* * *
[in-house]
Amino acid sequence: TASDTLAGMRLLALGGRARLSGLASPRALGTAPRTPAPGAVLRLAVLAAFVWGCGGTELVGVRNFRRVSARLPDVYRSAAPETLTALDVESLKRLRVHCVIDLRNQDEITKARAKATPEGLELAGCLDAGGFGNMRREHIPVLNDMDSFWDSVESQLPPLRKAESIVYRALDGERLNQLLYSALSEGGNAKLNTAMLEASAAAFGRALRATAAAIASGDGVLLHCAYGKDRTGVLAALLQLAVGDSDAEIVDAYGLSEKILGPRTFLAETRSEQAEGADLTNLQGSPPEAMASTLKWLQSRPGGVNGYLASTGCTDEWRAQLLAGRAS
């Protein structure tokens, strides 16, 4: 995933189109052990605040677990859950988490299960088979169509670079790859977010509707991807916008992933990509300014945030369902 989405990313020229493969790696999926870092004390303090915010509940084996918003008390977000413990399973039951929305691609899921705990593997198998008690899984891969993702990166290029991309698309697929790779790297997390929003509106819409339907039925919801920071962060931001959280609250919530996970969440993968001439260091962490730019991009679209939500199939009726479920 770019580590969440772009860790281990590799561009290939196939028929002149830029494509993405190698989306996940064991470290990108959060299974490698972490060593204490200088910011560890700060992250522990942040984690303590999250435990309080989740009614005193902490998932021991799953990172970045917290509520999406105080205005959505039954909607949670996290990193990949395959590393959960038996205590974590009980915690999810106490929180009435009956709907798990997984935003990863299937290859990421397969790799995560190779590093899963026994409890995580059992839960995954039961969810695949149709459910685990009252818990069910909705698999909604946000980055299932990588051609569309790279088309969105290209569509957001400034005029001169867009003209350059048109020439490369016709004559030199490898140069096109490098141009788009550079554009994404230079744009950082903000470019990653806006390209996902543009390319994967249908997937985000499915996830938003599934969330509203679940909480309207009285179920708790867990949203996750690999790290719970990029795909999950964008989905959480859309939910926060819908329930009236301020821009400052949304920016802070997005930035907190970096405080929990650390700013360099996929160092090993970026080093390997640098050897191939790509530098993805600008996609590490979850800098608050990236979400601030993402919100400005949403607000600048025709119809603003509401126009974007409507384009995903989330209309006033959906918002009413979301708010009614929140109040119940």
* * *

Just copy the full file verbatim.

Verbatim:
[in-house]
Amino acid sequence: TASDTLAGMRLLALGGRARLSGLASPRALGTAPRTPAPGAVLRLAVLAAFVWGCGGTELVGVRNFRRVSARLPDVYRSAAPETLTALDVESLKRLRVHCVIDLRNQDEITKARAKATPEGLELAGCLDAGGFGNMRREHIPVLNDMDSFWDSVESQLPPLRKAESIVYRALDGERLNQLLYSALSEGGNAKLNTAMLEASAAAFGRALRATAAAIASGDGVLLHCAYGKDRTGVLAALLQLAVGDSDAEIVDAYGLSEKILGPRTFLAETRSEQAEGADLTNLQGSPPEAMASTLKWLQSRPGGVNGYLASTGCTDEWRAQLLAGRAS
């Protein structure tokens, strides 16, 4: 995933189109052990605040677990859950988490299960088979169509670079790859977010509707991807916008992933990509300014945030369902 989405990313020229493969790696999926870092004390303090915010509940084996918003008390977000413990399973039951929305691609899921705990593997198998008690899984891969993702990166290029991309698309697929790779790297997390929003509106819409339907039925919801920071962060931001959280609250919530996970969440993968001439260091962490730019991009679209939500199939009726479920 770019580590969440772009860790281990590799561009290939196939028929002149830029494509993405190698989306996940064991470290990108959060299974490698972490060593204490200088910011560890700060992250522990942040984690303590999250435990309080989740009614005193902490998932021991799953990172970045917290509520999406105080205005959505039954909607949670996290990193990949395959590393959960038996205590974590009980915690999810106490929180009435009956709907798990997984935003990863299937290859990421397969790799995560190779590093899963026994409890995580059992839960995954039961969810695949149709459910685990009252818990069910909705698999909604946000980055299932990588051609569309790279088309969105290209569509957001400034005029001169867009003209350059048109020439490369016709004559030199490898140069096109490098141009788009550079554009994404230079744009950082903000470019990653806006390209996902543009390319994967249908997937985000499915996830938003599934969330509203679940909480309207009285179920708790867990949203996750690999790290719970990029795909999950964008989905959480859309939910926060819908329930009236301020821009400052949304920016802070997005930035907190970096405080929990650390700013360099996929160092090993970026080093390997640098050897191939790509530098993805600008996609590490979850800098608050990236979400601030993402919100400005949403607000600048025709119809603003509401126009974007409507384009995903989330209309006033959906918002009413979301708010009614929140109040119940």